Cockatiels




Some of our sore throats are caused by a "strep infection" and this bacteria can be spread to your cockatiel from a sneeze or a cough. A bacterium called E. coli is normally present in our intestines, but it is not a normal resident in the intestines of cockatiels. So be sure that you wash your hands after using the toilet and before handling your cockatiel or its food.

Seeds, how do you know if they are alive and nutritious? Sprout them! If less than 75 % of the seeds sprout, they have died and so their nutritional value.

Here\'s how: Place some seeds on a container covered with a paper towel. Soak the seeds with water. Spray seeds daily to keep them moist. The seeds will start to sprout in three or four days. Once they sprout, you can keep them in the refrigerator for up to a week. Rinse them before feeding, as they are very nutritious. The amount of sprouts that can be fed daily are as follows:

Cockatiels 1 Tablespoon

Lead is the most common poison eaten by caged and wild birds. Sources of lead include: antiques; lead frames of stained-glass windows; Tiffany lamps; weighted items; fishing, scuba, and drapery weights; the foil from champagne and wine bottles; batteries; solder; bullets and air-rifle pellets; old paint; sheetrock; galvanized chicken wire; linoleum; mirror backing; light bulbs bases; dolomite and bone meal products; and leaded gasoline fumes.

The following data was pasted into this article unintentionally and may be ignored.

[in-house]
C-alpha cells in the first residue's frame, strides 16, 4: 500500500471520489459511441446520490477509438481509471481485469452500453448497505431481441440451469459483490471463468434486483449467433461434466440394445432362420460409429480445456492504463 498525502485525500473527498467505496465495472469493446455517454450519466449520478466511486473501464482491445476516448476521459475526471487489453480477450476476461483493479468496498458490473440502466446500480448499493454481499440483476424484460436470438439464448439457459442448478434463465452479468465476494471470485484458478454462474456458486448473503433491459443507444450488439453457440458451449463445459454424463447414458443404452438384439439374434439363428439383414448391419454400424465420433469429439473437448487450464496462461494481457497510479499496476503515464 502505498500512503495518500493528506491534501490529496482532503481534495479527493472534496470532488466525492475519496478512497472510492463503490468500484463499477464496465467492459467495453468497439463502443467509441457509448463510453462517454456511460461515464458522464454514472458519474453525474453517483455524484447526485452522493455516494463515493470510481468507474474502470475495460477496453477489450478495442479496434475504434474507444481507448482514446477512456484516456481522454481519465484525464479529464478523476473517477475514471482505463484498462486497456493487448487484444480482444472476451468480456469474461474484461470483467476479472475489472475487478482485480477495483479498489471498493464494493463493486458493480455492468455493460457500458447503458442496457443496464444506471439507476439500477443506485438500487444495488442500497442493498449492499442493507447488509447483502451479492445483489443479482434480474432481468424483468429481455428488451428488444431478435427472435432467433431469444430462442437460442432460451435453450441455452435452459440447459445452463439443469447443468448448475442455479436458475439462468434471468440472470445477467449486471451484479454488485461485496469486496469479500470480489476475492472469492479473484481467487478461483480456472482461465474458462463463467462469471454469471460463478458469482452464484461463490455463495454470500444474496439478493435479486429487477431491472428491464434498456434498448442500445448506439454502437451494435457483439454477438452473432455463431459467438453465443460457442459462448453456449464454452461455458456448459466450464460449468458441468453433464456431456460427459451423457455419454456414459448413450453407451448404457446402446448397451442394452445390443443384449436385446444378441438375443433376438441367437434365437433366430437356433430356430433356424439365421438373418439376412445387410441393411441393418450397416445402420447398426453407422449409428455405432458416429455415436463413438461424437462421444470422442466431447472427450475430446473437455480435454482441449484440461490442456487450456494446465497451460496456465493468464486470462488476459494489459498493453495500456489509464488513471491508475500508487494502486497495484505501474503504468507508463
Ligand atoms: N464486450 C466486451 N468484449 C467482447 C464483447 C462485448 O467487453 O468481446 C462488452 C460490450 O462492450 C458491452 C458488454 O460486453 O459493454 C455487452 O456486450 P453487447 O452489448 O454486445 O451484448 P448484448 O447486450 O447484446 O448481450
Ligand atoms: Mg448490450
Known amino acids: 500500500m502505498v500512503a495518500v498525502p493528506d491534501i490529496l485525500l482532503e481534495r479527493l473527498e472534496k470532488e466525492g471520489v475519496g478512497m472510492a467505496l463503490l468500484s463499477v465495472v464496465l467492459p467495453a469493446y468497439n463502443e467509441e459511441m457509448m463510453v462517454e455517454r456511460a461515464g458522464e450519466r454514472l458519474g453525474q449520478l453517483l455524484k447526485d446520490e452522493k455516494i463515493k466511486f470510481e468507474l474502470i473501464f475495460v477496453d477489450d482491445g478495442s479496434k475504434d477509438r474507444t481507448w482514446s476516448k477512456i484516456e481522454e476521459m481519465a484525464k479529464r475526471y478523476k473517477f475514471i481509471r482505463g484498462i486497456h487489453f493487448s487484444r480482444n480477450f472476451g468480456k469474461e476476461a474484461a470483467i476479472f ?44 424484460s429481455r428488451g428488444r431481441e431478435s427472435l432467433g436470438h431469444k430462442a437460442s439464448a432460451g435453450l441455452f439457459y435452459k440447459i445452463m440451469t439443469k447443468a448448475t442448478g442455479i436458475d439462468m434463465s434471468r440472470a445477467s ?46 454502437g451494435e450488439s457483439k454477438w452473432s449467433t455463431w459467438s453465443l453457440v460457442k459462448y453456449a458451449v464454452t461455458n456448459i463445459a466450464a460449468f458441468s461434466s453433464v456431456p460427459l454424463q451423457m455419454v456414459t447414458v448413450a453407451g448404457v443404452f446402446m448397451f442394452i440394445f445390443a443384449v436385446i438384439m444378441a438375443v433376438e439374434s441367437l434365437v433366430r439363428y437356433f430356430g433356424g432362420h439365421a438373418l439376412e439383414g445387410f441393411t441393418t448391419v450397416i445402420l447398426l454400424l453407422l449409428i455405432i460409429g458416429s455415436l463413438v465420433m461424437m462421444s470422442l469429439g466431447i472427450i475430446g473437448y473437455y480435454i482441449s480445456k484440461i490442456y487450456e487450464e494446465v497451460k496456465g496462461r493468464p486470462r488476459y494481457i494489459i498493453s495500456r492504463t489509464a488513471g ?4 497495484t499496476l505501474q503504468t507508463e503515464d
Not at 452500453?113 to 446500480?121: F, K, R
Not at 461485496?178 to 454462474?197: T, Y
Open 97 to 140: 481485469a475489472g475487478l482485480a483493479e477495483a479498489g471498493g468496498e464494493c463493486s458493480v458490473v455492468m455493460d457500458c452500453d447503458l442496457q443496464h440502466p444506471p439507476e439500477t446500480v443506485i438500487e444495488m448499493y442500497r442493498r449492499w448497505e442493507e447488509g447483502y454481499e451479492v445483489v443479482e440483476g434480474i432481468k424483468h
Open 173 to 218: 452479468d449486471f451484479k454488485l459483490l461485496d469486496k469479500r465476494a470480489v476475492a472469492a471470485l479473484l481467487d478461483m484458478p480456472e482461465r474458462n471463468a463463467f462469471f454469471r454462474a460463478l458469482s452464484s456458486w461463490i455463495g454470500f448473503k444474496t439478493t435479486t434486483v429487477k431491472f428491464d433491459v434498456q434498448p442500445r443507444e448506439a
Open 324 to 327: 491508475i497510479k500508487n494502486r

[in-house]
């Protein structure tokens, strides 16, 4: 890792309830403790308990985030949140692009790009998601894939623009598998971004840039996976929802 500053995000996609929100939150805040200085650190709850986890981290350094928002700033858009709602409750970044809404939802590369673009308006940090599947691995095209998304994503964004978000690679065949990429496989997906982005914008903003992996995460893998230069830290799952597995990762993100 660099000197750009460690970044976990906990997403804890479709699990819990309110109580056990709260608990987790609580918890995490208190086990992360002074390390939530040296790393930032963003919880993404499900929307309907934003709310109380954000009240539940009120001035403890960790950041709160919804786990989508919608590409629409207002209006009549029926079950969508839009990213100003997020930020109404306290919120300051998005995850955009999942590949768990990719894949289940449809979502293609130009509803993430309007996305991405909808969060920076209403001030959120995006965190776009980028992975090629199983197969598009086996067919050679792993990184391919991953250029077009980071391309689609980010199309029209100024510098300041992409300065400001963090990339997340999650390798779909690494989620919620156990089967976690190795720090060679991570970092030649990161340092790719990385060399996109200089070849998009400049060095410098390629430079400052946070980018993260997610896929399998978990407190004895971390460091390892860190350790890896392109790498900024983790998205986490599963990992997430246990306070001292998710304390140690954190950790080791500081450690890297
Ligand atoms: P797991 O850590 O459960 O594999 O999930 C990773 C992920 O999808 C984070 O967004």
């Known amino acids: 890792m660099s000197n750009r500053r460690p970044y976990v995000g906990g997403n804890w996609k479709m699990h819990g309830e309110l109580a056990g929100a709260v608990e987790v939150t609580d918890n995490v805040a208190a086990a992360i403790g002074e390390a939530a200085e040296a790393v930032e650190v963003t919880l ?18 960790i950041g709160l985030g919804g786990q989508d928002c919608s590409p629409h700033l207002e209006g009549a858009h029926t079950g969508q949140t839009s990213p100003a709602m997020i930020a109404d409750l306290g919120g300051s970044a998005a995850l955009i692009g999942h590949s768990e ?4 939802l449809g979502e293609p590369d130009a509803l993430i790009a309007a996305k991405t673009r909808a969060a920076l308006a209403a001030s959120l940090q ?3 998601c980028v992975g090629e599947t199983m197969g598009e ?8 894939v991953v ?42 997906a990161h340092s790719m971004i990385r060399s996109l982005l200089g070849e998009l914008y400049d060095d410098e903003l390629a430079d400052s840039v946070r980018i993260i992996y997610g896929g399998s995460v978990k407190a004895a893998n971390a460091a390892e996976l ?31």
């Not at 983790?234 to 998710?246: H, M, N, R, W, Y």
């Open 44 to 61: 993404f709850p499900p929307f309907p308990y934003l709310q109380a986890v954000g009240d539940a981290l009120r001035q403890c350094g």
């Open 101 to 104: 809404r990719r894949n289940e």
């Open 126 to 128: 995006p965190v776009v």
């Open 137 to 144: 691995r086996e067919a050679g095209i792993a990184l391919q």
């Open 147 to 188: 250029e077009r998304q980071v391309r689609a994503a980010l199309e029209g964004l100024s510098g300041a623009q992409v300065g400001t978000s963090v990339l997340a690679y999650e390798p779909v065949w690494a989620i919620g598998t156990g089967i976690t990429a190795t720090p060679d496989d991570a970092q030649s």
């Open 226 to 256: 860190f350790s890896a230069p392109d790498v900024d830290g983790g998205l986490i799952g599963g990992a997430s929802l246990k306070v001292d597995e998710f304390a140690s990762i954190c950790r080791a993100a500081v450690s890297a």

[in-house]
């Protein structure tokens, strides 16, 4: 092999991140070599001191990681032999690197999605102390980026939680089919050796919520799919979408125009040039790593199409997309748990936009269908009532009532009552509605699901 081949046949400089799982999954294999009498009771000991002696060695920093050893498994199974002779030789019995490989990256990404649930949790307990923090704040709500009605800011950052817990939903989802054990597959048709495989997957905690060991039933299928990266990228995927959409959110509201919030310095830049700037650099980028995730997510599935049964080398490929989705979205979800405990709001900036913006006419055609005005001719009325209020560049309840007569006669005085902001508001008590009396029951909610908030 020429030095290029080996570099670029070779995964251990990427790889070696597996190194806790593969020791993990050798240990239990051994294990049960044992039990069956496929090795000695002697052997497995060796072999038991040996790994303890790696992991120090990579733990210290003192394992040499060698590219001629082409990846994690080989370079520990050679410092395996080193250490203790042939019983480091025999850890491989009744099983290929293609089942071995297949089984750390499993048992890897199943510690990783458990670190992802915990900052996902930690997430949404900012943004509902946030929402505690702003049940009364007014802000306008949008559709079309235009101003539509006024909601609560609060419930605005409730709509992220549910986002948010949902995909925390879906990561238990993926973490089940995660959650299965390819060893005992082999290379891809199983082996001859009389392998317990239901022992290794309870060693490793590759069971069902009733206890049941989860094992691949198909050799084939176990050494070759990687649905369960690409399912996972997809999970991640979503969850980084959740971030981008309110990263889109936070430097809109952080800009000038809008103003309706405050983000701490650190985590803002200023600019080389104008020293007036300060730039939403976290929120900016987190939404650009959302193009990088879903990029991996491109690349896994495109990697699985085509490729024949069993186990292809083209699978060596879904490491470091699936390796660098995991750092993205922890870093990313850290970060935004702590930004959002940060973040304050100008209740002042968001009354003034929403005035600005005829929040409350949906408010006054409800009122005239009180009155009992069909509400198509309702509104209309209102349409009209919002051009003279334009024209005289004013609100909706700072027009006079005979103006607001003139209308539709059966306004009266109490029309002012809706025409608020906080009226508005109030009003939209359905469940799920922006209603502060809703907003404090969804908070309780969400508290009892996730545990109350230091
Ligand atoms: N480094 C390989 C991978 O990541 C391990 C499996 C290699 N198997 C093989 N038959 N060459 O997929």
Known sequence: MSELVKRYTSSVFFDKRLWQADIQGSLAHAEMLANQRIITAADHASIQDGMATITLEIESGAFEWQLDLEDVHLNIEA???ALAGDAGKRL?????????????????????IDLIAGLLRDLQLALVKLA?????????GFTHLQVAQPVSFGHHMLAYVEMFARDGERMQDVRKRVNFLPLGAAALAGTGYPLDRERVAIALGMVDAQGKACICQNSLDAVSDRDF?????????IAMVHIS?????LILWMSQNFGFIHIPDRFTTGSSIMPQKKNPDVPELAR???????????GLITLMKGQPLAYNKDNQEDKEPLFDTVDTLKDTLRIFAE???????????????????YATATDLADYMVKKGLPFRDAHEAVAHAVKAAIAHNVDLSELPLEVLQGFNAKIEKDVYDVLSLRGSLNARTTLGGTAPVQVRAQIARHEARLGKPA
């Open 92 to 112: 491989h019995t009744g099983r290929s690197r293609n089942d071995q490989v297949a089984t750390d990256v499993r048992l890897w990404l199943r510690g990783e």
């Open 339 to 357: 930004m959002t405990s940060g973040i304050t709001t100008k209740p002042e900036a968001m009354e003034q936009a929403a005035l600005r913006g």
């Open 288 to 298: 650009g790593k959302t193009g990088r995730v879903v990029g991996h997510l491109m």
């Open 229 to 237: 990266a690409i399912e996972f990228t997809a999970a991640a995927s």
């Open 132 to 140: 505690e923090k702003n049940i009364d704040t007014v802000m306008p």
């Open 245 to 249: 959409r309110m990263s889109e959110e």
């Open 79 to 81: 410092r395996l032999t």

The Cockatiel was first discovered in Australia in 1770. It did not become popular until the Australian gold rush in the nineteen hundreds.

Cookware or drip pans with Teflon or Silverstone. The fumes emitted can kill your Cockatiel.

Cockatiels may have allergies. Straining, flatulence (passing of gas), inflammation of the cloaca, or sneezing may be seen. Of course, it is important to rule out the most common causes of these problems, but think about possible allergies the blanket that covers the cage: the sunflower diet? A perfume, household spray, or dish detergent used around the birds? A "treat" that you are giving the bird? Some food in the diet? Cigarette smoke? Go over an environmental and food checklist with your avian veterinarian.





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